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A Nuclear-Thermonuclear NAWAPA XXI

Printable version / Version imprimable

[The following editorial written by EIR magazine’s editorial staff first appeared in the August 23 issue of Executive Intelligence Review. We are reprinting that editorial here, in a slightly abridged form]

If mankind is to have a flourishing future, we must make a leap in productivity, by developing the next, immediately available platform of power production—nuclear and thermonuclear energy. The crucial project around which this leap must be made is the North American Water and Power Alliance (NAWAPA), originally planned for Canada and the Western United States. Some years ago Mexico’s PHLINO (Northwest Hydraulic Plan) component was added to the plan and, today, it would make sense to expand the enlarged project to include the entire Pacific Basin.

Such a Grand Project perspective cuts radically against most economic thinking today, particularly in the trans-Atlantic region. That small, green thinking is precisely why the world economy is dying. Unless such thinking—imposed and inculcated by the Queen-centered international financial oligarchy is overthrown, we are headed for extinction by famine, disease, "natural" disasters, or war.

The nuclear/thermonuclear NAWAPA directly addresses the crises of food production, energy shortages, and "natural" disasters such as floods and drought, by what could be appropriately called biological engineering, channelling water in directions where it is needed, through a system powered by first conventional nuclear fission, and soon, thermonuclear fusion. The project will in fact require cooperation with nations of the Pacific, especially Japan, and open up northern regions for development corridors, emphatically including the future Bering Strait tunnel, the Arctic and then the Pacific Rim, all the way down to Southeast Asia.

Among the Pacific projects on the development agenda will be the major water projects in China, and the long-awaited Kra Canal project in southern Thailand, that would radically improve water transportation in the South Pacific region.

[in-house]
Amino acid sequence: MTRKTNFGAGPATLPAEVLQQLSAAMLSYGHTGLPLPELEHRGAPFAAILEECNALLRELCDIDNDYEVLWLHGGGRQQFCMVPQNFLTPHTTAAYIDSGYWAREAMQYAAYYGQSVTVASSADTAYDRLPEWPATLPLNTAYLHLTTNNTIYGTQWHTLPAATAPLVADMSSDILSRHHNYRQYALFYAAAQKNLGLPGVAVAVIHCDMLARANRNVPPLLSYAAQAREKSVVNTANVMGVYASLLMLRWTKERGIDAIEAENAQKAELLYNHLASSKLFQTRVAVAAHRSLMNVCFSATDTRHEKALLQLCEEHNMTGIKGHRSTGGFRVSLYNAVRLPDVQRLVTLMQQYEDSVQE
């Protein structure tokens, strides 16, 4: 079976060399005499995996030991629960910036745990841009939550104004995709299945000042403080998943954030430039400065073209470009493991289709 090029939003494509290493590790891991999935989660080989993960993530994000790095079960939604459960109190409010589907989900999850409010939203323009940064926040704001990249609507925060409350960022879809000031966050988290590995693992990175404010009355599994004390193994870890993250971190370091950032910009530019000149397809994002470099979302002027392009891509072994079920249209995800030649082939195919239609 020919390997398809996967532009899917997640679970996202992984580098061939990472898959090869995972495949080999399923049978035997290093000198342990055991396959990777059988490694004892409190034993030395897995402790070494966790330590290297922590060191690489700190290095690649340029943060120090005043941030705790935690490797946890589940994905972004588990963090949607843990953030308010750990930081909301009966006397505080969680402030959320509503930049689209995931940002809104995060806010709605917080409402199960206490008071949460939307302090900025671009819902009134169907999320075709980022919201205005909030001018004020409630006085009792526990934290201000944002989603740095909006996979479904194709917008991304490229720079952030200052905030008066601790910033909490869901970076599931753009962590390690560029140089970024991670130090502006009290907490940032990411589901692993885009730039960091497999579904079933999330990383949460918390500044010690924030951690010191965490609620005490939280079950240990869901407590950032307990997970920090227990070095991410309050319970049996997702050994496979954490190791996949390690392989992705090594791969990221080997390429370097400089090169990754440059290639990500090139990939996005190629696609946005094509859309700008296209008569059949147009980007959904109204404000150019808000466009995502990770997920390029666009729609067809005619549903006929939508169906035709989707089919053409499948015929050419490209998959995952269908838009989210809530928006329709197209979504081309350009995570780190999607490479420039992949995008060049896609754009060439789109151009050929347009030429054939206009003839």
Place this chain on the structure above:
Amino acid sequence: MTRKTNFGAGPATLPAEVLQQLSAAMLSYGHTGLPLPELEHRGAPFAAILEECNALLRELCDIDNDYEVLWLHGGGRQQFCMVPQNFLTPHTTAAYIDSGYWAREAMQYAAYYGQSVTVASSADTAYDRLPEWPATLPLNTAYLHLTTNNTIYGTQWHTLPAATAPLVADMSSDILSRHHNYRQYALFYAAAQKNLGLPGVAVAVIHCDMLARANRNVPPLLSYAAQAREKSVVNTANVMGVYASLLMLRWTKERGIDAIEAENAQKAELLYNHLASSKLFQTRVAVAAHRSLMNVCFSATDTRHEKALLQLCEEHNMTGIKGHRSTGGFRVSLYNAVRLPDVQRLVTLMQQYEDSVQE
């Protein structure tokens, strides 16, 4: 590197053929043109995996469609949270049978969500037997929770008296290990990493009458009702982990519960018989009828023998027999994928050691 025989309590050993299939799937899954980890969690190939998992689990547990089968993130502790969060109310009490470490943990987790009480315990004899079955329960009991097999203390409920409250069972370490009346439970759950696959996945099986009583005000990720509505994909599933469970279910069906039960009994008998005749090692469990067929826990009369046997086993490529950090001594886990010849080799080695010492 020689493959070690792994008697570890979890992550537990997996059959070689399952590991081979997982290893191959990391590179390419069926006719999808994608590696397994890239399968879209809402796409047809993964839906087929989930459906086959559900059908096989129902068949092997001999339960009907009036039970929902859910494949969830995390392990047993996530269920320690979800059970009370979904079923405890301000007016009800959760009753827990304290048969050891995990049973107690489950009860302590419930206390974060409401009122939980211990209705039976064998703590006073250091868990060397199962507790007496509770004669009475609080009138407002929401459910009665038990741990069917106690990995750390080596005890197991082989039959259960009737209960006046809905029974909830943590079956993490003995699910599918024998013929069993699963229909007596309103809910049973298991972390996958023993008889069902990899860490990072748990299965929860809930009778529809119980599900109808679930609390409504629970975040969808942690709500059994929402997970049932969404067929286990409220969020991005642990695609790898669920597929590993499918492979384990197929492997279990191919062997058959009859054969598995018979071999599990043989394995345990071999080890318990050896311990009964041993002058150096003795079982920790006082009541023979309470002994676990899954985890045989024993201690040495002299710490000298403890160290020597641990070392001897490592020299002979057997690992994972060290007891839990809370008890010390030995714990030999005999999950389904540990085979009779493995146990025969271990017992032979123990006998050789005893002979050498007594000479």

As it happens, it was almost exactly 30 years ago, in August 1983, that, in the wake of a visit to India, Japan, and Southeast Asia, Lyndon LaRouche commissioned a major EIR report entitled "A Fifty-Year Development Policy for the Indian-Pacific Oceans Basin," for which he wrote an extensive introduction. Specifically, LaRouche demanded a change in then-U.S. foreign policy to that anti-colonial, anti-Malthusian policy of President Franklin Roosevelt, itself an echo of the great American tradition established by such as George Washington, and Alexander Hamilton, John Quincy Adams, and continued through Abraham Lincoln.

LaRouche’s proposal at that time—when he and his publications were also promoting the original NAWAPA project—projected the Pacific Basin to be the world’s major growth area, and outlined five infrastructure projects: A second Panama Canal, the Kra Canal, the Hangzhou-Beijing Canal, a series of canals for water development in the Indian Subcontinent and the Mekong River Basin.

Due to the control which the Wall Street-British financial interests exerted over the Reagan Administration—and, increasingly, every administration since—as well as the world financial system as a whole, only China has embarked on anything like what LaRouche proposed at that time. Every crisis EIR pointed to at the time—water shortages, poverty, transportation bottlenecks, energy shortfalls—have gotten desperately worse.

Now, we have reached the breaking point. Wall Street has to go, replaced by a global Glass-Steagall system and an upgraded and expanded Pacific Basin perspective put into place. What may have appeared visionary then, is a necessity today.

Gilles Gervais